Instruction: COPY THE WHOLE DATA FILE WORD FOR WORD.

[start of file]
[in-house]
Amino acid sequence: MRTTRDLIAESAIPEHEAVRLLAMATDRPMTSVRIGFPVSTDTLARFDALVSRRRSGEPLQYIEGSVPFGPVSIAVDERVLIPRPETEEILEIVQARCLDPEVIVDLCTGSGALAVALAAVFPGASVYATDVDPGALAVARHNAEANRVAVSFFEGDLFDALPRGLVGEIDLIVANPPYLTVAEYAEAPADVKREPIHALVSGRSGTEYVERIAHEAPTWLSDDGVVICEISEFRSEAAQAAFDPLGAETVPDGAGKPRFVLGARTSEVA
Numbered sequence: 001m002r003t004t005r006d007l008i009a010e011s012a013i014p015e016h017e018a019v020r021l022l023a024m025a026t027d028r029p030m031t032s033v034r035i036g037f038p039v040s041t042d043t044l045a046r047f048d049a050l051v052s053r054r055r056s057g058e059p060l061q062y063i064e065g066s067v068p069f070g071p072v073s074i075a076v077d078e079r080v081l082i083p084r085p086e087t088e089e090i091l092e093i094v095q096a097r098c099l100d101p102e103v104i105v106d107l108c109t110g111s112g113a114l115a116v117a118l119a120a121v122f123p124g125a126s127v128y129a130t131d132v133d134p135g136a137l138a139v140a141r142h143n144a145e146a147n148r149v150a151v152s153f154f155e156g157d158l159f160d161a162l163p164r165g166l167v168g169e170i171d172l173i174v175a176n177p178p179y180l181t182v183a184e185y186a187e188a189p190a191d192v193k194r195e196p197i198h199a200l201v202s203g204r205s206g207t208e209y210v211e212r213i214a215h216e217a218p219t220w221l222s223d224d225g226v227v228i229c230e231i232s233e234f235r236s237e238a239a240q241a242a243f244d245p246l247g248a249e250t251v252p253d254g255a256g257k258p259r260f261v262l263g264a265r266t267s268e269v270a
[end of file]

[in-house]
Amino acid sequence: MRTTRDLIAESAIPEHEAVRLLAMATDRPMTSVRIGFPVSTDTLARFDALVSRRRSGEPLQYIEGSVPFGPVSIAVDERVLIPRPETEEILEIVQARCLDPEVIVDLCTGSGALAVALAAVFPGASVYATDVDPGALAVARHNAEANRVAVSFFEGDLFDALPRGLVGEIDLIVANPPYLTVAEYAEAPADVKREPIHALVSGRSGTEYVERIAHEAPTWLSDDGVVICEISEFRSEAAQAAFDPLGAETVPDGAGKPRFVLGARTSEVA
Numbered sequence: 001m002r003t004t005r006d007l008i009a010e011s012a013i014p015e016h017e018a019v020r021l022l023a024m025a026t027d028r029p030m031t032s033v034r035i036g037f038p039v040s041t042d043t044l045a046r047f048d049a050l051v052s053r054r055r056s057g058e059p060l061q062y063i064e065g066s067v068p069f070g071p072v073s074i075a076v077d078e079r080v081l082i083p084r085p086e087t088e089e090i091l092e093i094v095q096a097r098c099l100d101p102e103v104i105v106d107l108c109t110g111s112g113a114l115a116v117a118l119a120a121v122f123p124g125a126s127v128y129a130t131d132v133d134p135g136a137l138a139v140a141r142h143n144a145e146a147n148r149v150a151v152s153f154f155e156g157d158l159f160d161a162l163p164r165g166l167v168g169e170i171d172l173i174v175a176n177p178p179y180l181t182v183a184e185y186a187e188a189p190a191d192v193k194r195e196p197i198h199a200l201v202s203g204r205s206g207t208e209y210v211e212r213i214a215h216e217a218p219t220w221l222s223d224d225g226v227v228i229c230e231i232s233e234f235r236s237e238a239a240q241a242a243f244d245p246l247g248a249e250t251v252p253d254g255a256g257k258p259r260f261v262l263g264a265r266t267s268e269v270a